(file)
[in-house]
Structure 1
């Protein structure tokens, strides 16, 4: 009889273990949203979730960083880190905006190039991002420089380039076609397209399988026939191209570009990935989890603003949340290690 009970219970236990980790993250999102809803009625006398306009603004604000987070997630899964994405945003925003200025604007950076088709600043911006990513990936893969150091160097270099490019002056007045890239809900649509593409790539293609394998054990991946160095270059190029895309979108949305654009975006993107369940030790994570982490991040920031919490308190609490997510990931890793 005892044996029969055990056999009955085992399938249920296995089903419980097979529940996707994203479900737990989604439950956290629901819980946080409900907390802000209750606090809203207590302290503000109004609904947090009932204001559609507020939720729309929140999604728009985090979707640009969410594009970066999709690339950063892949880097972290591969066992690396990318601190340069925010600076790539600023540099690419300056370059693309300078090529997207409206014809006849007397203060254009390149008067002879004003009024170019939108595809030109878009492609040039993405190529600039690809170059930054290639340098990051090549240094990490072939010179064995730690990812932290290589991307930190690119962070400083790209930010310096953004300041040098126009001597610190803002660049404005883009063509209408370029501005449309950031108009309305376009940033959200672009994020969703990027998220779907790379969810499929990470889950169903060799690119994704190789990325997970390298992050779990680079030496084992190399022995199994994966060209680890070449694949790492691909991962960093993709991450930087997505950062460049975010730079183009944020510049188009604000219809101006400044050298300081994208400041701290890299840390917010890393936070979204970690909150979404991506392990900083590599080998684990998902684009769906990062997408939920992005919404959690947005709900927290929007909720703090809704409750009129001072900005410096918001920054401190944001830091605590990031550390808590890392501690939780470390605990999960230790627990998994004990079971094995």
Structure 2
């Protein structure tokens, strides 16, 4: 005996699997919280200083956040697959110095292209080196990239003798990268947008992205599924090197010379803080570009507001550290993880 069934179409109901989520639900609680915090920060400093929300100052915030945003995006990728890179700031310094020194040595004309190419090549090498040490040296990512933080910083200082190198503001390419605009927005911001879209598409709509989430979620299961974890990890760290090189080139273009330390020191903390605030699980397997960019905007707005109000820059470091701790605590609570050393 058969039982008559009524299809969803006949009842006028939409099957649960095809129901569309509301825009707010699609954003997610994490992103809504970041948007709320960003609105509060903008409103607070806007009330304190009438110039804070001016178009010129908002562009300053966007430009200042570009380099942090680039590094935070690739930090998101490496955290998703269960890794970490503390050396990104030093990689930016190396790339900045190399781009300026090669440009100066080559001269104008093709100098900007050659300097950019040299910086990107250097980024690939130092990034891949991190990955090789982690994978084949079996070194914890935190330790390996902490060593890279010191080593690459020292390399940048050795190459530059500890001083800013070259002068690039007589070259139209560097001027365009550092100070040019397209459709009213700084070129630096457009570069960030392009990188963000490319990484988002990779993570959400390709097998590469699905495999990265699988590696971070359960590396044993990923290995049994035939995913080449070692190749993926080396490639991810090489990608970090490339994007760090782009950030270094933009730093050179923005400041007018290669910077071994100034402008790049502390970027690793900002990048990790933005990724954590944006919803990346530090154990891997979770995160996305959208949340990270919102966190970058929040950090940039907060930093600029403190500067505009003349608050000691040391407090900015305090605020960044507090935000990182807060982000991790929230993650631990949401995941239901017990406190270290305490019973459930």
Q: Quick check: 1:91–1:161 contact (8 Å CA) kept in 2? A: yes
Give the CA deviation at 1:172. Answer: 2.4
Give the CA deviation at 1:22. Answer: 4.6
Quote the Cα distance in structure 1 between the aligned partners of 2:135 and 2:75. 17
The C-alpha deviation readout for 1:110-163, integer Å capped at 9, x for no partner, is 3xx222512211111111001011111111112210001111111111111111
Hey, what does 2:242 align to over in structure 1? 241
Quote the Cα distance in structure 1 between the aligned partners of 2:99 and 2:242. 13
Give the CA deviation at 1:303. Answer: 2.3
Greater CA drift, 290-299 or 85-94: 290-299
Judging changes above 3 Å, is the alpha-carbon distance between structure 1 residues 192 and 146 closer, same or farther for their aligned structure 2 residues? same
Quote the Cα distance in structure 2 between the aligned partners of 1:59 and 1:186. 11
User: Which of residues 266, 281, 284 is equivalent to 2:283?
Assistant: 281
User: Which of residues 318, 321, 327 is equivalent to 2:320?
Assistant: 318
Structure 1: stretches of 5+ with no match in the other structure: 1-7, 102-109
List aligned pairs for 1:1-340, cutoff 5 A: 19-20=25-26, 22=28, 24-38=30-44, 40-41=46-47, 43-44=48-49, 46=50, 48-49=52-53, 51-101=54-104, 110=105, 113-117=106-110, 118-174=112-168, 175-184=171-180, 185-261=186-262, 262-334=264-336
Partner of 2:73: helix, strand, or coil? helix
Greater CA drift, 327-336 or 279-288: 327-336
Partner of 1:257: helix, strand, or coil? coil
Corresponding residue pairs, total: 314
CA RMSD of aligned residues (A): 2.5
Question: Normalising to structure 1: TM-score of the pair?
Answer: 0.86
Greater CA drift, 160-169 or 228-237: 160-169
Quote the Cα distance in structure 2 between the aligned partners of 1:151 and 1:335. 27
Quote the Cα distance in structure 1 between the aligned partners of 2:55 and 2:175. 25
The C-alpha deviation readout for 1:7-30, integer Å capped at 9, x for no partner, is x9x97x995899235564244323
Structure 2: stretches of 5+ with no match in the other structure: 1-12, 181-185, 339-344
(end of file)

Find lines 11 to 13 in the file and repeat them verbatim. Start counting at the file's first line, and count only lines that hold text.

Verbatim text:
Hey, what does 2:242 align to over in structure 1? 241
Quote the Cα distance in structure 1 between the aligned partners of 2:99 and 2:242. 13
Give the CA deviation at 1:303. Answer: 2.3